Uploading an Excel into DynamoDB

How I spent an entire day and 4 cents

I’m new to AWS and I find the abundance of options and endless configuration daunting. But finally, when things work, it seems so easy.

In general, I’m currently building a Chrome extension that based on data on the web screen pulls data out of a DynamoDB table via a Lambda function. I just spent an entire Sunday until I managed to accomplish the simple task of getting the data from an excel file into a DynamoDB. I’m sharing what didn‘t work and then what did.

Pre Step — convert the excel to csv, easy.

Now, if you want to skip the war stories, just scroll down to the Lambda section below.

Typically I find AWS documentation accurate, thorough and easy to follow. So I started with this: Import and Export DynamoDB Data Using AWS Data Pipeline

On my, so many inaccuracies! You get to step 2, save the Pipeline and get an error (shown below). I would expect the documentation to be complete and not result in errors. Plus, you would think the link would lead you to the place where you can configure the ‘terminate after’, wrong.

Well it does, in a way, you need to “Add an optional field…” and pick “Terminate After” in the dropdown.

I won’t bore you with a whole slew of errors. Suffice to say that I never managed to get past the cluster being in status CREATING, I was never able to see any logs on S3 no matter what I did and in the end I went to look for alternatives.
My bill for all of my attempts: $0.04.
I feel like I should be compensated for trying.

Enter CData Excel Add-In for Amazon DynamoDB. Sounds promising. I was able to install and configure in no time but then when it ran a query to the database got totally stuck and was not able to recover. Didn’t manage to uninstall smoothly either. I’m sure its a great add-on, really. Probably all of the security features on my laptop hindered its capabilities. So scratch that, look for something else.


Good old reliable Lambda, my friend. Out of all of the AWS services I’ve used til now, I think Lambda is the easiest interface for configuring, developing and testing code.

This is a list of some of the resources I used as reference to set this up:
Read files from Amazon S3 bucket using Python
Load csv to AWS dynamoDB
AWS Documentation

These are the steps I followed:

  1. Upload the csv file to a S3 bucket. I named mine: file.cvs
  2. Create a table on DynamoDB (I’m in us-east-2, your region may be different). Make sure you understand the Partition Key vs Sort Key. And those are the only keys you need to put in the table definition. Even if your data has more key-values. They will be created during upload.
  3. After the table is created, in the Overview tab I configured the Stream by clicking the ‘Manage Stream’ button. Picking the ‘New and old images — both the new and the old images of the item’ option, and clicking Enable.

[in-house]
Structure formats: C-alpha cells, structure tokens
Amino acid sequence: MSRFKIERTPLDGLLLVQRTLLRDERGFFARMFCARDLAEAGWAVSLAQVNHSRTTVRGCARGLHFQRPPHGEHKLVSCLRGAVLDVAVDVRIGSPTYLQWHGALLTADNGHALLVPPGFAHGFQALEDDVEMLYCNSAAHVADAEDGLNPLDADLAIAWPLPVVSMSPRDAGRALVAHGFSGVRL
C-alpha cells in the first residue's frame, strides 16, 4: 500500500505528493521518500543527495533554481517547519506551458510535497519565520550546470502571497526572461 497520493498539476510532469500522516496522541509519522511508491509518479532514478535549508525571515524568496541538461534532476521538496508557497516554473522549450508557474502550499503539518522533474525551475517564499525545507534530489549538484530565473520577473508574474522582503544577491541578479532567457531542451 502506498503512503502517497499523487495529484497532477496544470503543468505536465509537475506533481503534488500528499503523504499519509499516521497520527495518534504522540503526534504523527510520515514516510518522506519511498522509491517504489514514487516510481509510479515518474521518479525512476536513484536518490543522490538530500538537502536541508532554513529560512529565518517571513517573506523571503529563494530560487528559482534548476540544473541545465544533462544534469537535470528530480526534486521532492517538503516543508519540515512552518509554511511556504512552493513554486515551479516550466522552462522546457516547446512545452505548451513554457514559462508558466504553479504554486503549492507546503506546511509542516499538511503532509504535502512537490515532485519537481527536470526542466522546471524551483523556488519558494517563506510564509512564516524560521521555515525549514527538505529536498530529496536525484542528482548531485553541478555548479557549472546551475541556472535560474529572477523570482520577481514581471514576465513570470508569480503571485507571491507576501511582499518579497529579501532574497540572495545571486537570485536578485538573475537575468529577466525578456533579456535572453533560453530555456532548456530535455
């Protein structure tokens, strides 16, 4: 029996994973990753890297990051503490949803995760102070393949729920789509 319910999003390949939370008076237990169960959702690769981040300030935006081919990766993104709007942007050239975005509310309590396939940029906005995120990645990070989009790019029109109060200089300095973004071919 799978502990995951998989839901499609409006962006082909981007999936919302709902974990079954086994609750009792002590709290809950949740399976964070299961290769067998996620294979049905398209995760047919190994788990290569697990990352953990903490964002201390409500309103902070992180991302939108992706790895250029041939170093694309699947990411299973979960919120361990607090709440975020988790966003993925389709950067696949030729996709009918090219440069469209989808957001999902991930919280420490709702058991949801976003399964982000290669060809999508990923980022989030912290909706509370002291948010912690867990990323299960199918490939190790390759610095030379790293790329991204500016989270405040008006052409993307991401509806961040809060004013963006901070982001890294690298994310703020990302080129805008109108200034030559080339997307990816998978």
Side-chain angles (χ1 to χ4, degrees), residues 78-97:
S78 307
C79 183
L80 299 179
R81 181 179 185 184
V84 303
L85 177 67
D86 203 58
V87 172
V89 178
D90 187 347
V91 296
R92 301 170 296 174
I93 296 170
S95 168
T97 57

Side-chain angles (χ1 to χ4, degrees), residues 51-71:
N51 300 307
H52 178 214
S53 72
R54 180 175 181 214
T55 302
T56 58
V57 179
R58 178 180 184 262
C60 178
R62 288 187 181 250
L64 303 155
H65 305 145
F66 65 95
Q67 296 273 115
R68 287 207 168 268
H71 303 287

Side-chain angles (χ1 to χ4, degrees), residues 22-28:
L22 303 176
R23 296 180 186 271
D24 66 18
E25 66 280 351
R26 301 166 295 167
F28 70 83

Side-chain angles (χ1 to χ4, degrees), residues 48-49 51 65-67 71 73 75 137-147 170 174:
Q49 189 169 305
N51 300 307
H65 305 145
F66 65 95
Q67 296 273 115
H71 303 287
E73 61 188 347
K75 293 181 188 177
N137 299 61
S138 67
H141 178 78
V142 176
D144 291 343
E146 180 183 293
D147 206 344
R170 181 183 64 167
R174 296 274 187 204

4. Security — on IAM, create an ‘Allows Lambda functions to call AWS services on your behalf’ Role with the following policies:
    You’ll need this role for your Lambda function.
  5. In the Lambda console, create a new function:
    Pick the ‘Author from Scratch’ option
    Put in your function name
    Pick Python 3.8 for the Runtime
    In Permissions, ‘Change default execution role’, pick ‘Use an existing role’ and select the Role you created in step #4 above.
    And then click the ‘Create Function’ button
  6. Scroll down to function code block and put this in (italics indicates you need to change to your own):
import boto3
import csv
def lambda_handler(event, context):
# get a handle on s3
session = boto3.Session(region_name=region)
s3 = session.resource(‘s3’)
dyndb = boto3.client(‘dynamodb’, region_name=region)
bucket = s3.Bucket(‘YourBucketName’)
obj = bucket.Object(key=’file.csv’)
# get the object
response = obj.get()
# read the contents of the file
lines = response[‘Body’].read().decode(‘utf-8’).splitlines()

csv_reader = csv.reader(lines, delimiter=’,’, quotechar=’”’)
for row in csv_reader:
if (firstrecord):
FirstCol = row[0]
SecondCol = row[1]
ThirdCol = row[2]
ForthCol = row[3]
response = dyndb.put_item(
# 'S' for type String, 'N' for Number.
FirstCol’ : {‘S’:str(FirstCol)},
SecondCol’: {‘S’:str(SecondCol)},
ThirdCol’: {‘S’:str(ThirdCol)},
ForthCol’: {‘S’:str(ForthCol)},
result = ‘Put succeeded:’
except Exception as err:
result = format(err)
return {
'body': result

Deploy — click the Orange ‘Deploy button’

Running and Testing — On the top banner select ‘Configure test events’ for defining the test script. You can use the default ‘Hello World’ template. You don’t even need to change the JSON. From now on you can use that test by clicking the ‘Test’ button at the top right.

In the ‘Execution Result’ tab beneath the Code block you should see a successful result.

You should also be able to see the logs on CloudWatch. Look for the log group created by /aws/lambda/...

By default Lambda functions have a Timeout set to 3 sec. If your dataset is large it will take more time than that. In the Configuration tab, scroll down to Basic Settings and then click the ‘Edit’ button. I changed mine to the max of 9 mins after I did some tests to see that my function works.

And that’s it! I really hope I wrote everything down correctly. If you see any mistakes, please let me know.

In my next story I’ll be tackling CORS and Amazon API Gateway. Fun stuff!



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